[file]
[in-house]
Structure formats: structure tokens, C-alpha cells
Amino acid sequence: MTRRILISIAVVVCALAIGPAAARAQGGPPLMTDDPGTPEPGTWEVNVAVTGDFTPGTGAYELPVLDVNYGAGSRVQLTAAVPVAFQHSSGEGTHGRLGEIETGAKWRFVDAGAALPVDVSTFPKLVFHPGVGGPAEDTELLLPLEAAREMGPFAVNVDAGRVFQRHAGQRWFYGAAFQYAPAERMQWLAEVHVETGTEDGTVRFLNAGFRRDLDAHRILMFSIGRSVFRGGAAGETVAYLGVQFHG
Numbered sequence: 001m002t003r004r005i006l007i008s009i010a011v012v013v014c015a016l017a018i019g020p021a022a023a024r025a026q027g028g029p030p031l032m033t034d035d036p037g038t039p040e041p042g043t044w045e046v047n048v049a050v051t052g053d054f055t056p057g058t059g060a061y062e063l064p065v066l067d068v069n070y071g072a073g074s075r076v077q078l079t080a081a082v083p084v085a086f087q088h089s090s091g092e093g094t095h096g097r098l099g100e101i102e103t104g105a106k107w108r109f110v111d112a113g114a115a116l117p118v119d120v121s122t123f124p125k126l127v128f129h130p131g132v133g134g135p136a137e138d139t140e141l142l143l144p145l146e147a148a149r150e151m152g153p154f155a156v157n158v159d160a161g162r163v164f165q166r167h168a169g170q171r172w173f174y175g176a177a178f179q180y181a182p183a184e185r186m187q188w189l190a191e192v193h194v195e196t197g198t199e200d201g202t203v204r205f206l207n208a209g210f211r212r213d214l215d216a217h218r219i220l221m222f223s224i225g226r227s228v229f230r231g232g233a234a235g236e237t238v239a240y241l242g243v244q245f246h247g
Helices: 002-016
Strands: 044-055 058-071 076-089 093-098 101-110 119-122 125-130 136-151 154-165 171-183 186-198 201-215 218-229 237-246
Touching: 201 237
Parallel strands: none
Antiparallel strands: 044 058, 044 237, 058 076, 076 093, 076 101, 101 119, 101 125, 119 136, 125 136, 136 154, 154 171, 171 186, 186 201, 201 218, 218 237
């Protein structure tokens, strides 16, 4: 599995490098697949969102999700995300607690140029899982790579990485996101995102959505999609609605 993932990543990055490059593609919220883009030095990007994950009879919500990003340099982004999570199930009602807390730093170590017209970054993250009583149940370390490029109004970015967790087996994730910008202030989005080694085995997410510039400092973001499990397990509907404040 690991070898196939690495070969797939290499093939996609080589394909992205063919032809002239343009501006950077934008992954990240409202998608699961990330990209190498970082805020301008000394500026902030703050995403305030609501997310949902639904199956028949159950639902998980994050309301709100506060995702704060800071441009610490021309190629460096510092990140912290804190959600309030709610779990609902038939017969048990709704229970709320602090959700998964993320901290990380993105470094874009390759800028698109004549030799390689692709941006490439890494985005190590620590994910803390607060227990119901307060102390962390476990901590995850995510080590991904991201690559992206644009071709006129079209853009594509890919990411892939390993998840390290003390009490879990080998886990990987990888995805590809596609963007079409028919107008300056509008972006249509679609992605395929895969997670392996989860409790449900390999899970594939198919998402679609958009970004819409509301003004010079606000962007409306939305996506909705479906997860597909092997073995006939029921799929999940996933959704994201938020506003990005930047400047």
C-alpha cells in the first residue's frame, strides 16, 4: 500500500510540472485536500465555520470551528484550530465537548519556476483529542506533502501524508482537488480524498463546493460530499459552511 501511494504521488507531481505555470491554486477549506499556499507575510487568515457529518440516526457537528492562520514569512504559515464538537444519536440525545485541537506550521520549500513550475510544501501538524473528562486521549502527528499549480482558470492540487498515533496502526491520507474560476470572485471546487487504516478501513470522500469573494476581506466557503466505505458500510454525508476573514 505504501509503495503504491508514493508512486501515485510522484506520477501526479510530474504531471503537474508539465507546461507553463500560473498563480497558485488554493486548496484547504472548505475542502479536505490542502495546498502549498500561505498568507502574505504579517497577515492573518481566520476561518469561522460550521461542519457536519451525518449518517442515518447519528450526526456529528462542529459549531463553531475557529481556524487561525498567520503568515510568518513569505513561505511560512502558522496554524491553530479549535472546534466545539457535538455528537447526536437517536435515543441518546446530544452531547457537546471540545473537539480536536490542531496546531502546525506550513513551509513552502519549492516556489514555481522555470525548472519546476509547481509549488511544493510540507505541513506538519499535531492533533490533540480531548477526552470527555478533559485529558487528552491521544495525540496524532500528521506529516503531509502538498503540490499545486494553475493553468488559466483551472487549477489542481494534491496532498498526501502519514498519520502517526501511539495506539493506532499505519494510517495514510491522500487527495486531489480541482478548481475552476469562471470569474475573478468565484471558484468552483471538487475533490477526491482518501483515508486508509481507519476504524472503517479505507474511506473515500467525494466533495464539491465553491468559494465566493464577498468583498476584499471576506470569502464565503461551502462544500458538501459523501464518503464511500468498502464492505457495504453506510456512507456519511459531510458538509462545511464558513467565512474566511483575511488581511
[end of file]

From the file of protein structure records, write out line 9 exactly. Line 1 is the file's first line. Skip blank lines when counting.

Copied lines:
Antiparallel strands: 044 058, 044 237, 058 076, 076 093, 076 101, 101 119, 101 125, 119 136, 125 136, 136 154, 154 171, 171 186, 186 201, 201 218, 218 237